Snooker is often billed as a gentleman’s sport and, as we all know, two crucial characteristics for being a gentleman include being gracious in defeat and showing impeccable manners. Or so we thought. Apparently Shanghaiist’s interpretation of gentlemanly behaviour differs somewhat from that of China’s Today Morning Express, after they reported that Ronnie O’Sullivan “kept his gentlemanly manners” during a post-match press conference at Beijing’s China Open snooker tournament this week. Having watched the video embedded here (following a tip from Shanghaiist reader Rob), where the Essex-born potter repeatedly makes lewd references and compares his microphone to his penis, we’re not sure we entirely agree with the Express’ assessment.
While O’Sullivan’s inappropriate comments and suggestive handling of the microphone might have gone unnoticed and unreported by the Chinese press, his behaviour has landed him in trouble with Snooker’s governing body and has been widely reported in the British papers who, let’s face it, love this sort of thing. Chairman of the World Professional Billiards and Snooker Association, Sir Rodney Walker, didn’t find O’Sullivan’s attitude quite so amusing however and moved swiftly to condemn the player’s behaviour:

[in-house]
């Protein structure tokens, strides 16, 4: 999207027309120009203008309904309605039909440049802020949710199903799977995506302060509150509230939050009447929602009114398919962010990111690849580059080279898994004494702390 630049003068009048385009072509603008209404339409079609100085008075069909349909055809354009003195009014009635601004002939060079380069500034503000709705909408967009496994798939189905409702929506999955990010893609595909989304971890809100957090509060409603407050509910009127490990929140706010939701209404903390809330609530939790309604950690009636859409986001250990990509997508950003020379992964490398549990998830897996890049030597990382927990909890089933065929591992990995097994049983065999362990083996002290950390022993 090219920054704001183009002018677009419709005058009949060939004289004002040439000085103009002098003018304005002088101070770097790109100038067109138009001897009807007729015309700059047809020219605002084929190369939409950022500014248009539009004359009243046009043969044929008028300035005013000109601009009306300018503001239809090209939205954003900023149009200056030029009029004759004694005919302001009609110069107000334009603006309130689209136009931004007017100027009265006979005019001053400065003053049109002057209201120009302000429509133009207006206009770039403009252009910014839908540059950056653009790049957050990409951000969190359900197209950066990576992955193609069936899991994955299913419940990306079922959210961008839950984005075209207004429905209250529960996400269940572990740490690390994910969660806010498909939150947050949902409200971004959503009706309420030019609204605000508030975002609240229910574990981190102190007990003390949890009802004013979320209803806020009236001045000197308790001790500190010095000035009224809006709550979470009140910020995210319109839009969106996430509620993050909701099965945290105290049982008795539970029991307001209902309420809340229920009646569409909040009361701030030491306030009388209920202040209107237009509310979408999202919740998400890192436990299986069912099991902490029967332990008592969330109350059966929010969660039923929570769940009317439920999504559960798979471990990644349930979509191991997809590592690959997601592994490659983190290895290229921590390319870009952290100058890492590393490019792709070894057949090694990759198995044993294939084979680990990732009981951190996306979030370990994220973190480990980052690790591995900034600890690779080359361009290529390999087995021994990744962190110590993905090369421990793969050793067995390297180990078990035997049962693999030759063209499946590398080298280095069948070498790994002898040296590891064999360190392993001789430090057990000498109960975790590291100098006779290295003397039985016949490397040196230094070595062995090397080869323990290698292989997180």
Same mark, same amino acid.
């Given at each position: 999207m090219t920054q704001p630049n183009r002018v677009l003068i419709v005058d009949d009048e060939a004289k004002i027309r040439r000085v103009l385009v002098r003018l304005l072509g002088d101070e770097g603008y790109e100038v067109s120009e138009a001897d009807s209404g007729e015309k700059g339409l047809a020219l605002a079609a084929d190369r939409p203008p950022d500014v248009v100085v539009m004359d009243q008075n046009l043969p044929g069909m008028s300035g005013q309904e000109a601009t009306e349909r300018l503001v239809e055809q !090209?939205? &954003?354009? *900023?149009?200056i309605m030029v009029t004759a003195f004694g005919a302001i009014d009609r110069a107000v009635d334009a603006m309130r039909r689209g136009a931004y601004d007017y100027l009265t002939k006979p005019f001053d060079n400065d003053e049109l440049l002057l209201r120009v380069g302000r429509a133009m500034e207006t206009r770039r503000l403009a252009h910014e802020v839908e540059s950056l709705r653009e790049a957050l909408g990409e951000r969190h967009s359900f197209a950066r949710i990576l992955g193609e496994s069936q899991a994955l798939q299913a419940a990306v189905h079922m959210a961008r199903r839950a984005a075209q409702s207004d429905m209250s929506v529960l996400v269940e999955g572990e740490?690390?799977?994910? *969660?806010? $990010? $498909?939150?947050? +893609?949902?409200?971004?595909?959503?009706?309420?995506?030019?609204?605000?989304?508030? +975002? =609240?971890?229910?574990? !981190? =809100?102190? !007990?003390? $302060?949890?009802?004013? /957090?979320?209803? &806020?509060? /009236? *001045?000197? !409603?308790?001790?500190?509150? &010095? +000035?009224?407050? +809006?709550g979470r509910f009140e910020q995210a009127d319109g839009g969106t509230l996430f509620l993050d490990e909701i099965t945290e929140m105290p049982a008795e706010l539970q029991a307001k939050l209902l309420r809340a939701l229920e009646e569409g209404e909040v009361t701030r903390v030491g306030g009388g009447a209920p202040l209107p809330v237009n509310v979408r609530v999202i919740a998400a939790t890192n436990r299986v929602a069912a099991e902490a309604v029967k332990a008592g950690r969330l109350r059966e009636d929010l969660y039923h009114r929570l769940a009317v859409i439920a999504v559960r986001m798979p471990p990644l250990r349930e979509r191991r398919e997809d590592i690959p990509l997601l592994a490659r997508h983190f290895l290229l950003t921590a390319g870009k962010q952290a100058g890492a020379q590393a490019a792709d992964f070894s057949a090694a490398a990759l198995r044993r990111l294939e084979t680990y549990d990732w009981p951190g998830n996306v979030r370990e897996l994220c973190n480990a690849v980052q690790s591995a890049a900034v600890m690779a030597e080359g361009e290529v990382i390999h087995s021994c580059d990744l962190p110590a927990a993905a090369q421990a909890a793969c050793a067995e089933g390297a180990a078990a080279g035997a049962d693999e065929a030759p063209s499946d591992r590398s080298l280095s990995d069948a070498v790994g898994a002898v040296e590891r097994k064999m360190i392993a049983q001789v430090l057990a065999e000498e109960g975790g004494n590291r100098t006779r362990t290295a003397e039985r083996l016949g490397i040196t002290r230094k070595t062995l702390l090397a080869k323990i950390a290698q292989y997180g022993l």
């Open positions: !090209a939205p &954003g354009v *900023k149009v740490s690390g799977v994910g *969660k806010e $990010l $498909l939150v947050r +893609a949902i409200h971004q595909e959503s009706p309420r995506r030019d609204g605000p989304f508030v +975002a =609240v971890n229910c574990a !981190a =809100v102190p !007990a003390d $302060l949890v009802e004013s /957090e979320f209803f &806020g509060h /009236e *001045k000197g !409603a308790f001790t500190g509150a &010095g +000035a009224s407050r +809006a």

“The matter has been referred to the disciplinary committee and is under review. On behalf of World Snooker, I have apologised in person today to the promoter of the China Open. I would also like to send my apologies to the people of China for any offence that may have been caused.”
O’Sullivan, who once stated that he didn’t like playing in China because “they don’t speak English”, was (reluctantly) answering questions via a translator following his 5-4 defeat to Marco Fu in the first round of the China Open. Despite claiming that he “tried very hard”, this is not the first time that ‘The Rocket’ has crashed out in the first round in China following a lacklustre performance and he was not the only big name who seemed happy to collect their appearance fee and leave — Stephen Hendry and Steve Davis joining Graeme Dott in exiting early on as well.
Maintaining a good image in China is seen as crucial to snooker’s governing body having steadily built the sport’s popularity in the country on the back of homegrown star Ding Junhui. The apparent lack of interest from some of the sport’s star attractions has already been causing headaches for the World Professional Billiards and Snooker Association and it’s fair to say that O’Sullivan’s comments will have done little to help matters. It might not be a scandal of Edison Chen proportions, but it’s probably as close as snooker will get for a while.